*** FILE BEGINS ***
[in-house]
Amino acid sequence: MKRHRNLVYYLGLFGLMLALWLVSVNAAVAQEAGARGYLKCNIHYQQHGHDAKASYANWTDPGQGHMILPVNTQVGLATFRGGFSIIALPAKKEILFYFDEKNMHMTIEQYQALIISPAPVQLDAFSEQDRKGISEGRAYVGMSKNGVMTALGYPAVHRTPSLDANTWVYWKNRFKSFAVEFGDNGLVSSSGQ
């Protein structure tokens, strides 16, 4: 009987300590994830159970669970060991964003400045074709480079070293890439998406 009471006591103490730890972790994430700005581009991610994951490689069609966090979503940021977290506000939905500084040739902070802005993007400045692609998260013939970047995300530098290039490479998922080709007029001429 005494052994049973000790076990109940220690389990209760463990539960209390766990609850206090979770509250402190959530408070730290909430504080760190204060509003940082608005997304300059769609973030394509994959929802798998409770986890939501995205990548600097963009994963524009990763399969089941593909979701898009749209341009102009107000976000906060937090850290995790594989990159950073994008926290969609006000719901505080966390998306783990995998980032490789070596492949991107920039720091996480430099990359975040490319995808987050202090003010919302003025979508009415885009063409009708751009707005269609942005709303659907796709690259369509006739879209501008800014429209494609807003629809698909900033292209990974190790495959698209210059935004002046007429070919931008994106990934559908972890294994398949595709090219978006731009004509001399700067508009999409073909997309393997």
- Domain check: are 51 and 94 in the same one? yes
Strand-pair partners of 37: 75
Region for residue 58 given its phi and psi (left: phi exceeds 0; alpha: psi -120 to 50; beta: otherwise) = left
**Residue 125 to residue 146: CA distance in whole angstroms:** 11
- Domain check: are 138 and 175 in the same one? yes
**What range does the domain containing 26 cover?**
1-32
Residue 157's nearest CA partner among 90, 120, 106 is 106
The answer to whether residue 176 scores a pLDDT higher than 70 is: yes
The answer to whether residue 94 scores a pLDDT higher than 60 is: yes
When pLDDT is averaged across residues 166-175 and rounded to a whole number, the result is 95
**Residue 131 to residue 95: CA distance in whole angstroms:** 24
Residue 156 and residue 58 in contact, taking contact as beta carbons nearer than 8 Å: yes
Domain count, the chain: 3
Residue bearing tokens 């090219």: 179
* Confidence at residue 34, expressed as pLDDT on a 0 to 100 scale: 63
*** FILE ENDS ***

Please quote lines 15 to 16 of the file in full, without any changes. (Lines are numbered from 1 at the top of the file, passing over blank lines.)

**Residue 131 to residue 95: CA distance in whole angstroms:** 24
Residue 156 and residue 58 in contact, taking contact as beta carbons nearer than 8 Å: yes